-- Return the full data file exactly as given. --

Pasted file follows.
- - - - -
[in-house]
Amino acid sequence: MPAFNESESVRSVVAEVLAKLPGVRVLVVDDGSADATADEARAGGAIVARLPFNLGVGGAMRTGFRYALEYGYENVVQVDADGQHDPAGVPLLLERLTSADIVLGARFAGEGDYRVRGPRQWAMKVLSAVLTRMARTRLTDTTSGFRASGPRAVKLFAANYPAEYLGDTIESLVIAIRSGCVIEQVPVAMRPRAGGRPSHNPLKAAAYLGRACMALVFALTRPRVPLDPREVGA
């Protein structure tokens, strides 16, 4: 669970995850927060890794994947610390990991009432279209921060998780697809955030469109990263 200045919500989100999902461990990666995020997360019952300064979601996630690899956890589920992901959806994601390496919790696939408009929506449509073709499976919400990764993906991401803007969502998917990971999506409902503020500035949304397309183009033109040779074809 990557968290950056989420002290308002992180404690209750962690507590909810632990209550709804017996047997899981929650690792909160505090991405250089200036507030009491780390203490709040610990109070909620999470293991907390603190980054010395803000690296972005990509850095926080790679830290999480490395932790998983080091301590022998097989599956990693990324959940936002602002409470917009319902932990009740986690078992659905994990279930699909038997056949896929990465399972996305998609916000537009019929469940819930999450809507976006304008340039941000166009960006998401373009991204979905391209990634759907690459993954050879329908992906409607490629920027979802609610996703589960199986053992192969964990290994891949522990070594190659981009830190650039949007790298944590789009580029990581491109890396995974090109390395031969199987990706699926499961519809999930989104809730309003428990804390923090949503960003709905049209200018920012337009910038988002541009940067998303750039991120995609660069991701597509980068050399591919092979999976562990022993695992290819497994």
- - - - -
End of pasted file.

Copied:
[in-house]
Amino acid sequence: MPAFNESESVRSVVAEVLAKLPGVRVLVVDDGSADATADEARAGGAIVARLPFNLGVGGAMRTGFRYALEYGYENVVQVDADGQHDPAGVPLLLERLTSADIVLGARFAGEGDYRVRGPRQWAMKVLSAVLTRMARTRLTDTTSGFRASGPRAVKLFAANYPAEYLGDTIESLVIAIRSGCVIEQVPVAMRPRAGGRPSHNPLKAAAYLGRACMALVFALTRPRVPLDPREVGA
């Protein structure tokens, strides 16, 4: 669970995850927060890794994947610390990991009432279209921060998780697809955030469109990263 200045919500989100999902461990990666995020997360019952300064979601996630690899956890589920992901959806994601390496919790696939408009929506449509073709499976919400990764993906991401803007969502998917990971999506409902503020500035949304397309183009033109040779074809 990557968290950056989420002290308002992180404690209750962690507590909810632990209550709804017996047997899981929650690792909160505090991405250089200036507030009491780390203490709040610990109070909620999470293991907390603190980054010395803000690296972005990509850095926080790679830290999480490395932790998983080091301590022998097989599956990693990324959940936002602002409470917009319902932990009740986690078992659905994990279930699909038997056949896929990465399972996305998609916000537009019929469940819930999450809507976006304008340039941000166009960006998401373009991204979905391209990634759907690459993954050879329908992906409607490629920027979802609610996703589960199986053992192969964990290994891949522990070594190659981009830190650039949007790298944590789009580029990581491109890396995974090109390395031969199987990706699926499961519809999930989104809730309003428990804390923090949503960003709905049209200018920012337009910038988002541009940067998303750039991120995609660069991701597509980068050399591919092979999976562990022993695992290819497994």